Kozak enjoys role as fan favourite

JIM BENDER, SUN MEDIA

, Last Updated: 9:05 AM ET

The Neepawa native may have been looking for her first win on the late draw but Tina Kozak is certainly soaking up the atmosphere of being a crowd favourite at the Yellowhead Arena.

"It's just been wonderful to play in my hometown," Kozak said from Neepawa shortly after dropping a 9-7 decision to Fort Rouge's sixth-seeded Karen Porritt in a Manitoba Scotties Tournament of Hearts contest yesterday.

"It's exciting to play in front of friends and family, and get a lot of support here ... It's quite enjoyable."

Kozak, 33, plays out of Brandon , where the rest of the squad lives, but is the only member of her foursome who hails from the town known for Margaret Laurence and its annual Lily Festival.

Although she fell to 0-3 heading into the late draw, she has been in every match as her foursome has been playing the top seeds in her pool.

"We're giving them game every time, and that's what matters," said Kozak, a nurse who is on maternity leave. "We're going to keep on fighting. We're not going to give up."

Kozak opened with a 5-4 loss to Fort Rouge's second-seeded Kristy Jenion and a 5-2 decision to Assiniboine Memorial's Janet Harvey, No. 3.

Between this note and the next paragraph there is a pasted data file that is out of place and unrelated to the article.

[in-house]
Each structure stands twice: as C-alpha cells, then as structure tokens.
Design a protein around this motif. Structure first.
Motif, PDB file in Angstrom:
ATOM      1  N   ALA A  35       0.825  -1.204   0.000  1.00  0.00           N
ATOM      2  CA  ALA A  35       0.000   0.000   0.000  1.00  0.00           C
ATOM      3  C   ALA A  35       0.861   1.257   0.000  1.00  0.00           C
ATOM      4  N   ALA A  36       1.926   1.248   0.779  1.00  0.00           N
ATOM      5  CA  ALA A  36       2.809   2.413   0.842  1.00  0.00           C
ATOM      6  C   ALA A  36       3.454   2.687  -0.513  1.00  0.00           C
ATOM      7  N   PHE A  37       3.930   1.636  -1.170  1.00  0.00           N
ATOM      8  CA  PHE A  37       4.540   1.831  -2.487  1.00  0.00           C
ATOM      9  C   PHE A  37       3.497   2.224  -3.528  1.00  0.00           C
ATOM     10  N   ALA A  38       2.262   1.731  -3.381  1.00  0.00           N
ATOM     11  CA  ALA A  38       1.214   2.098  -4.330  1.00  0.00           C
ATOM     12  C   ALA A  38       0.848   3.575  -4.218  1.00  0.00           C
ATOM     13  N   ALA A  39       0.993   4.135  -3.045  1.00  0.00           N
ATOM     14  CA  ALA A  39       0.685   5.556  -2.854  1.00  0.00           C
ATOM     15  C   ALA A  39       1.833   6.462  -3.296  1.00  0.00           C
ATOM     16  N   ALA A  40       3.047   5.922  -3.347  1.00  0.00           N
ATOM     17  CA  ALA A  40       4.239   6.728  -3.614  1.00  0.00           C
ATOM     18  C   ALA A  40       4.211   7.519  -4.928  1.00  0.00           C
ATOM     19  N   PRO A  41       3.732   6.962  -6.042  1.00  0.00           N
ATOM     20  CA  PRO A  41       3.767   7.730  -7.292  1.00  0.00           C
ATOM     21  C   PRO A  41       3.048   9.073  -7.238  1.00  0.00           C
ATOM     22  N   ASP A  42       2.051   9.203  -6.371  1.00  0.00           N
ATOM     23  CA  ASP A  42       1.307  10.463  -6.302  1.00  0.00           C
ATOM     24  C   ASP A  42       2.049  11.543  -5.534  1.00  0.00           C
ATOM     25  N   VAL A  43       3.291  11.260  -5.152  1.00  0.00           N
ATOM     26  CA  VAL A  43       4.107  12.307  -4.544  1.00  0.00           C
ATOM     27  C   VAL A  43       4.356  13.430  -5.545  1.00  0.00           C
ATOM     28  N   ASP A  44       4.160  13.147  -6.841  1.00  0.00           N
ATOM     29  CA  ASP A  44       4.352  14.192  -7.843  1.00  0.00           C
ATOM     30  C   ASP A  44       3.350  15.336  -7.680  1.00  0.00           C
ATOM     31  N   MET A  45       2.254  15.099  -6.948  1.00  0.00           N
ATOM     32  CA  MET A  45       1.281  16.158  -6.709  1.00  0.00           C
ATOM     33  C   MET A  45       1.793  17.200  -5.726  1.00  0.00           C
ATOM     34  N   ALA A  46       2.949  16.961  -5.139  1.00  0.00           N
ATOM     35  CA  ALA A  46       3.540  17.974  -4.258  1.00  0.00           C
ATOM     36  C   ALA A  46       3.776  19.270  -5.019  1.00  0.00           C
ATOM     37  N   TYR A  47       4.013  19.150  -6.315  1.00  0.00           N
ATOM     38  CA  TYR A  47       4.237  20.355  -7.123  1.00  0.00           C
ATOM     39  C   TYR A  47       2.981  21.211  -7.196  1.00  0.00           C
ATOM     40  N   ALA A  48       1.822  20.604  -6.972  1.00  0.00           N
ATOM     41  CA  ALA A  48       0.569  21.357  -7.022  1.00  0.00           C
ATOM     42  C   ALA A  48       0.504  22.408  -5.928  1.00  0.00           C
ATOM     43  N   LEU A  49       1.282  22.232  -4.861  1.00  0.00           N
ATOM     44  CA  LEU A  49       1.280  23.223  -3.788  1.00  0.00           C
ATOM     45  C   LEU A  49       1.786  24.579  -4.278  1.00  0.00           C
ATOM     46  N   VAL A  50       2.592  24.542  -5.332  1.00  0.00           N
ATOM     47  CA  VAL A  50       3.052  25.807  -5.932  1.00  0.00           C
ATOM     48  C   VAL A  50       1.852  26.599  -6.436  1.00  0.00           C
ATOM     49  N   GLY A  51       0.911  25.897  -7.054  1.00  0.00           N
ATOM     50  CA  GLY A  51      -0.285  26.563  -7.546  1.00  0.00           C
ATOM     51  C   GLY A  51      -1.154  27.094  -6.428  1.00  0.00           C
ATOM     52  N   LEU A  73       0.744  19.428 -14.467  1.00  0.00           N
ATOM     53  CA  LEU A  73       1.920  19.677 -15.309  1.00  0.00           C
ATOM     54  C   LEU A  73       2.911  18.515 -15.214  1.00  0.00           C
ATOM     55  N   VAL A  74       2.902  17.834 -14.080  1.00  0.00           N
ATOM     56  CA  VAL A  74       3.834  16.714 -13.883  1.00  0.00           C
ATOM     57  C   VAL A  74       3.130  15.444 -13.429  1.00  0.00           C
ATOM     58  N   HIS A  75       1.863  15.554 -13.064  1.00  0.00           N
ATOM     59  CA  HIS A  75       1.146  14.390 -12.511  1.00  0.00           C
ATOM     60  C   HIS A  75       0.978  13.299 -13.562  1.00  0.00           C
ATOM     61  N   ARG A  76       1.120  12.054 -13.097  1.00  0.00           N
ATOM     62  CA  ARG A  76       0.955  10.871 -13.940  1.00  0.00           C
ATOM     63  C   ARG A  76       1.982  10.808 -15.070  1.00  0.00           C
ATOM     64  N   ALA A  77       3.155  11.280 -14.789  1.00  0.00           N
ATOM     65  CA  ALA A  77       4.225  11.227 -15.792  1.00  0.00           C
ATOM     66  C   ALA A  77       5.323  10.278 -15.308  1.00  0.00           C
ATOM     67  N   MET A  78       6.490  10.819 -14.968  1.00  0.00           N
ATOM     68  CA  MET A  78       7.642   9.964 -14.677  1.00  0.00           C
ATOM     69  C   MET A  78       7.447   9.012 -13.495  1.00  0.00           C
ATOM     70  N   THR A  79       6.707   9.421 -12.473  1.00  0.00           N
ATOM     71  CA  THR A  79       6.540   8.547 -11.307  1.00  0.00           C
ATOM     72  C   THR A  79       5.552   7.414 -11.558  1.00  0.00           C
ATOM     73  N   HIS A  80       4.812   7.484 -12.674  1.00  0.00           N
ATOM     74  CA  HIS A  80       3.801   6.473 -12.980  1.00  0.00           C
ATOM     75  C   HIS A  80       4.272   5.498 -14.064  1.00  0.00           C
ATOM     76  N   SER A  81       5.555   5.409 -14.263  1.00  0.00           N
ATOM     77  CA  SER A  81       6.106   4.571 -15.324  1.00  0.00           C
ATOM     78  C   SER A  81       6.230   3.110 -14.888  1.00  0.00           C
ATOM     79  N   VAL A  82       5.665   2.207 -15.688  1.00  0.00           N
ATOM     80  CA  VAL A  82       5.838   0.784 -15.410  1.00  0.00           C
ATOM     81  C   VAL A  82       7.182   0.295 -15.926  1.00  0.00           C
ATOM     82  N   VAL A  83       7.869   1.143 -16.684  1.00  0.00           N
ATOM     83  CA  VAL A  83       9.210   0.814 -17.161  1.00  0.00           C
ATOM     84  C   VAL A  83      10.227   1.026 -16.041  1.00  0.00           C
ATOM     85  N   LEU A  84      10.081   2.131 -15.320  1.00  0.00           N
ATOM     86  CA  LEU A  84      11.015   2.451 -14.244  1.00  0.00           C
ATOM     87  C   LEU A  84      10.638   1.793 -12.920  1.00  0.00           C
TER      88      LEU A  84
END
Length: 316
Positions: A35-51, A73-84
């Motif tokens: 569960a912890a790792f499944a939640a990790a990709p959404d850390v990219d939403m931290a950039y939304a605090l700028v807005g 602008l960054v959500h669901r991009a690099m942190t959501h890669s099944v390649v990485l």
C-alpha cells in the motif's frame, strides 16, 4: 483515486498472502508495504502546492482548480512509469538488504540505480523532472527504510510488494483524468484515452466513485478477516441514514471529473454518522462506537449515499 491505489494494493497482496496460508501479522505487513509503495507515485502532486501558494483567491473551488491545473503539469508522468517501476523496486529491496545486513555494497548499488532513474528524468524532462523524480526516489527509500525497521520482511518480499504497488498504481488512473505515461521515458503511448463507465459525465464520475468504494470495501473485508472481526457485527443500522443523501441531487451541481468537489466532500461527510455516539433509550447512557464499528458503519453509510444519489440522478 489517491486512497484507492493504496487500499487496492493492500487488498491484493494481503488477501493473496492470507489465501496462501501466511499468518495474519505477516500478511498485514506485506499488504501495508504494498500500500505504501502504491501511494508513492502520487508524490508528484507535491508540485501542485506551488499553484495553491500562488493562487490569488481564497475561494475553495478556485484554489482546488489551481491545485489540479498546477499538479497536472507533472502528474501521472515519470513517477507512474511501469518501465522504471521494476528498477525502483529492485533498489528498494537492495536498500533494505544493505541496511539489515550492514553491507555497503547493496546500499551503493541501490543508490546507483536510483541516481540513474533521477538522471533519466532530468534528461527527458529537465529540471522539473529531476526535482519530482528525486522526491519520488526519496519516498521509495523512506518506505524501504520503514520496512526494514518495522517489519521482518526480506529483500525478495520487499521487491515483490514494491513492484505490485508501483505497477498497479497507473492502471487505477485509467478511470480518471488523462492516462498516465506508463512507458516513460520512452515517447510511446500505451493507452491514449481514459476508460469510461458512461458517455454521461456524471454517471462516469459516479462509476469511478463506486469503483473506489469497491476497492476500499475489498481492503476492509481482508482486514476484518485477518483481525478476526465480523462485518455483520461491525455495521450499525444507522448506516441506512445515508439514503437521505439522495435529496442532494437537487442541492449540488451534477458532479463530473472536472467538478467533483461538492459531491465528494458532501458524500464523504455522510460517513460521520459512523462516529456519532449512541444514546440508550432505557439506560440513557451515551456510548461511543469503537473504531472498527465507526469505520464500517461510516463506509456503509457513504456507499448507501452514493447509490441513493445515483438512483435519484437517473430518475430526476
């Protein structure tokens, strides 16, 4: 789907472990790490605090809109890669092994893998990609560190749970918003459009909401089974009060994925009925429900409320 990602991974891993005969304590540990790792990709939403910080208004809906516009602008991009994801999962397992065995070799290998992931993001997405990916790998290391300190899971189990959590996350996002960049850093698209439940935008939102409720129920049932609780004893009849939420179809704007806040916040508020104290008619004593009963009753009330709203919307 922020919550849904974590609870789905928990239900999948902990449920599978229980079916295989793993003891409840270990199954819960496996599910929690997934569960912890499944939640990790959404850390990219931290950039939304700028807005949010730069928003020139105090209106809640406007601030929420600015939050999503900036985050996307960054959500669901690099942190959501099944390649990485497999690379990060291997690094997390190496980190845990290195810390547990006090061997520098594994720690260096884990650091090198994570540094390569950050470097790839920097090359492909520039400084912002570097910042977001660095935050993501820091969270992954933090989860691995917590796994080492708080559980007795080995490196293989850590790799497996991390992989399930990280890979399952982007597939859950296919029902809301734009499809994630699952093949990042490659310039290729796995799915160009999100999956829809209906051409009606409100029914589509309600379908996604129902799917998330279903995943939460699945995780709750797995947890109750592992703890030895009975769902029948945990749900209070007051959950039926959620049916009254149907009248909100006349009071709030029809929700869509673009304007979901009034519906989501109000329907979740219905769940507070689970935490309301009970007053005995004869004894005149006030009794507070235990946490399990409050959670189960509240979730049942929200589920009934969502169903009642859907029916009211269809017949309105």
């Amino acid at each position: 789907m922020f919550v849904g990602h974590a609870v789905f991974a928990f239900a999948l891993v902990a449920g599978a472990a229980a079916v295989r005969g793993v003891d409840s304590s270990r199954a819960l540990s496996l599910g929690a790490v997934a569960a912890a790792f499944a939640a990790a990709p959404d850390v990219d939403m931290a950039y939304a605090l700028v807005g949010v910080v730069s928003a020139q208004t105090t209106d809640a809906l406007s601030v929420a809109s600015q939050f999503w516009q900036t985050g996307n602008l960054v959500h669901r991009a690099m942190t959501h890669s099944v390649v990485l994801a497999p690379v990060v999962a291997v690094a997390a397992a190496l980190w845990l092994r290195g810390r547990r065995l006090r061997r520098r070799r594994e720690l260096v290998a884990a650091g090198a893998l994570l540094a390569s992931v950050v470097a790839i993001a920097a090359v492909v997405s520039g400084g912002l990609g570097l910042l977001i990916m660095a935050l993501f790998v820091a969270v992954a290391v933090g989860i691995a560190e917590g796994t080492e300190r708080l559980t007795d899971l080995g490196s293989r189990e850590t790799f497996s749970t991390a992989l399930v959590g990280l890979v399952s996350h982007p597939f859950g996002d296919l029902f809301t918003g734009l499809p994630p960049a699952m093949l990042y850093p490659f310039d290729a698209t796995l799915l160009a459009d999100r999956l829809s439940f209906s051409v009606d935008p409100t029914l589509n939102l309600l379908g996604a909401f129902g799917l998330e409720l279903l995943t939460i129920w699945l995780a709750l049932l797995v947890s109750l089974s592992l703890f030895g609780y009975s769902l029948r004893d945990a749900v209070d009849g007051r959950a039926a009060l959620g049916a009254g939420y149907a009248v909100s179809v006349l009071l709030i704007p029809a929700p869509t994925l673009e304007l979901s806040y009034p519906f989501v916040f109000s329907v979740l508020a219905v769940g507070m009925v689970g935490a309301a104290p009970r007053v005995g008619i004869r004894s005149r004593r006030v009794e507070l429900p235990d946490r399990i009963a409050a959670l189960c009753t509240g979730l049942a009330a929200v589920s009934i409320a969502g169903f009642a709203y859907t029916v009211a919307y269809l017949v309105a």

Although Kozak has competed in one previous provincials, this is the Hearts debut for third Kortney Teale, 28, second Pam Robins (Kortney's sister), 33 and Krystal Stewart, 30.

"The second game (versus Harvey), the girls got a little nervous but they've been handling it pretty good," said Kozak. "We've been handling it with a lot of humour. We joke a lot on the ice and we're enjoying ourselves."

Kozak will face Terry Ursel, who is from nearby Plumas, in a battle of hometown faves this morning.

Meanwhile, Brandon's Lisa Blixhavn upset Fort Rouge's top-seeded Barb Spencer 10-6 to drop her to 3-1. Both Morden's Chelsea Carey and Fort Rouge's Holly Scott led the pack with 4-0 marks heading into the late draw.

CARD SCAM?: Some have referred to it as a "competitor-card scam" that helped the CCA climb out of the financial hole it had dug for itself. Last weekend, it cost a team old enough to play masters a chance to play in the men's provincials for the first time.

Although Bernie Wenden's squad played well enough to earn one of the five berths into the Safeway Championship in the MCA's annual men's bonspiel, it was disqualified because they only had senior competitive curling cards, not men's.

"It's just a sin," said Louis Wenden, Bernie's brother. "This has been a dream of ours for 25 years and we cleaned everybody's clock. Then they disqualified us. I was so sick, I didn't sleep for two days."

Just three years ago, the CCA introduced a policy where a competitor had to buy a $35 card for each category entered.


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